Petőfi Bridge is one of the bridges over the Danube connecting the university campuses in Buda with the southern end of Nagykörút (Grand Boulevard).
Petőfi Bridge known as Horthy Miklós Bridge until 1945 was built by the design of Pál Álgyay Hubert from 1933 to 1937. The bridge connects the southern end of the boulevards of Buda and Pest. It spans nearly 380 meters and including its approach roads it reaches over 510 meters with a width of 25 meters.
The bridge structure is made up by four deck trusses of various heights that are the highest above the piers. The deck trusses are of special design that required a lower quantity of steel thereby making it a cost-efficient solution. The barriers are attached to the decks with a 3.5 meters wide sidewalk on both sides.
Although the construction of a new bridge here was planned in 1908 these ambitions remained unfulfilled due to WW1. It was only in 1930 when this question rose again and construction could begin next year. After building the foundations geotechnical works were completed from 1933 to 1935.
In 1933 the construction of the steel structure started. Assembly work could begin in 1935 and it finished next year. This was the first time that reinforced concrete caissons were used in Hungary for building a bridge.
The bridge was opened in September, 1937. However, it was demolished by retreating German troops during WW2. Reconstruction began only in 1950 and finished two years later. Then the bridge was renamed and has borne the name of poet Sándor Petőfi since then. Between 1966 and 1970 an extensive maintenance took place including repairs of the steel construction, the change of tram rails and a complete repaint.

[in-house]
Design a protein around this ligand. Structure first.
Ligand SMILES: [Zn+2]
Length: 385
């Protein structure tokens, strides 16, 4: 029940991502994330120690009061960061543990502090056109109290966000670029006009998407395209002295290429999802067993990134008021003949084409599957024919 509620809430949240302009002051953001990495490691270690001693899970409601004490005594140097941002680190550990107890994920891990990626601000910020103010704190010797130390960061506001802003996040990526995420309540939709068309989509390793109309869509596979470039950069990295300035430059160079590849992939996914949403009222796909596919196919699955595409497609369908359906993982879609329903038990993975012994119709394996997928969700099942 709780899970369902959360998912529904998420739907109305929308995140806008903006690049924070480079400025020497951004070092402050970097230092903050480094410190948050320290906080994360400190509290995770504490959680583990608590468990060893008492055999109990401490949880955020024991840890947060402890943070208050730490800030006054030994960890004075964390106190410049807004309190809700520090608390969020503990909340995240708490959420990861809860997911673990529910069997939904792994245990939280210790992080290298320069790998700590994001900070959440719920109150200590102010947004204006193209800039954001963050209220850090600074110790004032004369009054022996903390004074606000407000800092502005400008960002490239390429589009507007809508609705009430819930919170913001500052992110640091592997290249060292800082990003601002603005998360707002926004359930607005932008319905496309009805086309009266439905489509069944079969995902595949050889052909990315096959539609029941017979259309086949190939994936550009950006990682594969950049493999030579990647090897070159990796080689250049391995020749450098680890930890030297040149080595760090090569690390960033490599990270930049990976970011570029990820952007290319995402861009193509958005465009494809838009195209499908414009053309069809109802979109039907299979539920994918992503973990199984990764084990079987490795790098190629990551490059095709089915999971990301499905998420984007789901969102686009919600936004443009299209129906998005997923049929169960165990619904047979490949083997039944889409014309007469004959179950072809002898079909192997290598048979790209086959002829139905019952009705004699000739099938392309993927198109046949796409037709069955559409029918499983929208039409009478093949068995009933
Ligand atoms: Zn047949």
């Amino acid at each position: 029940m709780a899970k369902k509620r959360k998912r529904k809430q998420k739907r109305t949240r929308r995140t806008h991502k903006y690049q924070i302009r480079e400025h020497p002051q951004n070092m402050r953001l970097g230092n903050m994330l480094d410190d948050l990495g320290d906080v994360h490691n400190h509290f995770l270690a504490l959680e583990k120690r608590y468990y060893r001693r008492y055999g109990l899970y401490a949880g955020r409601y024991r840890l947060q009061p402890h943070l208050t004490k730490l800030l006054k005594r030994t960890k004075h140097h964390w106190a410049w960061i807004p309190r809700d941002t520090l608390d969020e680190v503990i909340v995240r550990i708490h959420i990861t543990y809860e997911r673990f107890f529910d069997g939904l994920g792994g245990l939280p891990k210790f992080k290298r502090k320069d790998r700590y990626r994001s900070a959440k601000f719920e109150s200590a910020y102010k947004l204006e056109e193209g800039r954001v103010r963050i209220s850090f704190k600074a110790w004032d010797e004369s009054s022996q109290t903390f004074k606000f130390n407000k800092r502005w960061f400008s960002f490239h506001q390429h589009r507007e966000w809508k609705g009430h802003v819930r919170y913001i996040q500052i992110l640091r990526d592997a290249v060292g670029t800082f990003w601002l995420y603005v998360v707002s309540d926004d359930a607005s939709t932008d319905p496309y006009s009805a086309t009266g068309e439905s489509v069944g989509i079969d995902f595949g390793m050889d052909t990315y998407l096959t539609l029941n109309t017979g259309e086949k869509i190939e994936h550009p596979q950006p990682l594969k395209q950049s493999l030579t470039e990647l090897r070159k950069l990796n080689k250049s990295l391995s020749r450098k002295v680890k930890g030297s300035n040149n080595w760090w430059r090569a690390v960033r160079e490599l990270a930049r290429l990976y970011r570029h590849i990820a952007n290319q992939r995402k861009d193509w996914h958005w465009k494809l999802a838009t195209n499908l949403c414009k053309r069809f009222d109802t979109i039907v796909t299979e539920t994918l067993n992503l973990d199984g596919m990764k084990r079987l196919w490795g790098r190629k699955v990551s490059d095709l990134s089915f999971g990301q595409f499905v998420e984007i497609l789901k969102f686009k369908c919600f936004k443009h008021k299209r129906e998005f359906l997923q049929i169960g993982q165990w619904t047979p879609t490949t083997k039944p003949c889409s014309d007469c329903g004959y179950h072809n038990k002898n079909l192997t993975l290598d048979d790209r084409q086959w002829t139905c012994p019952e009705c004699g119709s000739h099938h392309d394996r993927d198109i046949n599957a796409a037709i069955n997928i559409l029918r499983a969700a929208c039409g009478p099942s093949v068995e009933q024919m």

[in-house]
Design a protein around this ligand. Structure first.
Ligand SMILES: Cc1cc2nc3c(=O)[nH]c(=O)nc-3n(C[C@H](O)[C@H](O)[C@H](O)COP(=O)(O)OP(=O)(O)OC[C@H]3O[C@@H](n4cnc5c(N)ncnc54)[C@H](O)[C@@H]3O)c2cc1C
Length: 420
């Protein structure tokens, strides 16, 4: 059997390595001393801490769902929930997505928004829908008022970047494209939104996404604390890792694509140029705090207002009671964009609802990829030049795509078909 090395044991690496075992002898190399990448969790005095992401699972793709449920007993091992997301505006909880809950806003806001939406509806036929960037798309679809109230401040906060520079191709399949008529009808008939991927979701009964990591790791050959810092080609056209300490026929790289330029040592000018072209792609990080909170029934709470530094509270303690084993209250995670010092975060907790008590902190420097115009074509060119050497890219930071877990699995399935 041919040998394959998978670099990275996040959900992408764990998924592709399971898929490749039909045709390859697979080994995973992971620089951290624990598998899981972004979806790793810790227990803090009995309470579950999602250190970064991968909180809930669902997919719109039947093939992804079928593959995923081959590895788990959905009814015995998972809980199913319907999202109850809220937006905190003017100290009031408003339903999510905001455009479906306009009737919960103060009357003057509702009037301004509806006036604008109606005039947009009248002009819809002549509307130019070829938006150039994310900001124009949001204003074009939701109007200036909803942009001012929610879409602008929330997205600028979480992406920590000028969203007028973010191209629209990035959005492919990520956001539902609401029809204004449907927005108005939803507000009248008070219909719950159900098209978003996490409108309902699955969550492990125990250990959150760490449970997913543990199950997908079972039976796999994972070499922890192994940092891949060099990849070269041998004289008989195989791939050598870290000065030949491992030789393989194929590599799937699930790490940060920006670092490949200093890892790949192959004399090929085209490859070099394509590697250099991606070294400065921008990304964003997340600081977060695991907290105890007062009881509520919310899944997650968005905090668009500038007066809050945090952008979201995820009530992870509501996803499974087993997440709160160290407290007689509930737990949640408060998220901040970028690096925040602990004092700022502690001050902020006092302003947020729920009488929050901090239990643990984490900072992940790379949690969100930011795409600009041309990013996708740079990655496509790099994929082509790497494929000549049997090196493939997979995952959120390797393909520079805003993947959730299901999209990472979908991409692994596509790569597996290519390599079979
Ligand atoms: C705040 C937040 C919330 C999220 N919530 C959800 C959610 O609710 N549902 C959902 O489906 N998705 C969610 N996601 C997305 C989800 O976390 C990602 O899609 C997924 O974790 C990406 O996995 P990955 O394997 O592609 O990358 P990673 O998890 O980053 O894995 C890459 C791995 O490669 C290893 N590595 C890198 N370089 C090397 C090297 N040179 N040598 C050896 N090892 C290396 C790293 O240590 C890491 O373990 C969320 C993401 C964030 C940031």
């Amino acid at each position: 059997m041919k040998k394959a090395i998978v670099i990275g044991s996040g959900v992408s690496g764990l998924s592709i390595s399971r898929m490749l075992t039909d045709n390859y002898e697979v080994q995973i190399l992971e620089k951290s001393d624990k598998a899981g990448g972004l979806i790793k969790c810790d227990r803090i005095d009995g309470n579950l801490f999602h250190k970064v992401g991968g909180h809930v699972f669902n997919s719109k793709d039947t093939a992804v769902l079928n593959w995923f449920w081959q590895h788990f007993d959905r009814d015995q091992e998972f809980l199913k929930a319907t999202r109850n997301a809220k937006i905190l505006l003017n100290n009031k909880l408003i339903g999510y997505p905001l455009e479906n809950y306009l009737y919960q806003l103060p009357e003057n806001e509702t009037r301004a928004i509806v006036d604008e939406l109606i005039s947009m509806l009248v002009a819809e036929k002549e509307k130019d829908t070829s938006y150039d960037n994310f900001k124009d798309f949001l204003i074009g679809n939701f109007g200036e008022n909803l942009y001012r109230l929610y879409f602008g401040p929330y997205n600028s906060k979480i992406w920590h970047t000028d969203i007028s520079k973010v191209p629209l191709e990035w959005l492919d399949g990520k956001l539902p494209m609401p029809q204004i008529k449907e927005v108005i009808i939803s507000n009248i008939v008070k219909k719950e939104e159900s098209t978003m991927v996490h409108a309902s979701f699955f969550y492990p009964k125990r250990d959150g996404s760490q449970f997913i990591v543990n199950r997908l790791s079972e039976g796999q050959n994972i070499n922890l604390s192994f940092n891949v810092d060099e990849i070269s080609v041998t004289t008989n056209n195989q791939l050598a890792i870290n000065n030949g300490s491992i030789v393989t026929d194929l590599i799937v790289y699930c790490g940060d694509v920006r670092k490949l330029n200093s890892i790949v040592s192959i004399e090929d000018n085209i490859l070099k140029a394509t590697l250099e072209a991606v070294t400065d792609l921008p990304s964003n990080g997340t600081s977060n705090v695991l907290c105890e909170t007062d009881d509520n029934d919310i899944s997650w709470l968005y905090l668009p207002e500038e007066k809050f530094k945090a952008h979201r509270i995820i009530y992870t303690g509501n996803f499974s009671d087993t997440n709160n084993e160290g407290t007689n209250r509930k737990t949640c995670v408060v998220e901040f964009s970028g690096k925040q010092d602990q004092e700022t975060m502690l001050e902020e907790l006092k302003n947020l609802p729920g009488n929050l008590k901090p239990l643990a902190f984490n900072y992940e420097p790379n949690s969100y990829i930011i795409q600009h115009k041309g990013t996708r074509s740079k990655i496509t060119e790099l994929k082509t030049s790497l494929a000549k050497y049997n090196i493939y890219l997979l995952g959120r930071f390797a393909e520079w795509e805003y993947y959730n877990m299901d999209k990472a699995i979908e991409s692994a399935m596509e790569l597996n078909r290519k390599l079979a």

10 years later the (1979-80) the deck was renovated. The track structure was remodeled and by eliminating the biking lanes the track was widened. A middle platform underpass was built to access tram stops on the bridge and Boráros Square on the Pest side was also completely remodeled to facilitate mixed-mode public transport.
The latest major refurbishment took place in 1996 when stuck bearings caused structural issues and they were replaced by spherical bearings.
Universities and parks on the two sides of the Danube The bike trip from the university campus to Kopaszi levee lets you discover the riverbanks crossing the Danube twice. Riding along the river you will a beautiful spa, a university building that dominates the riverside, significant cultural spots and probably the most popular park of the city.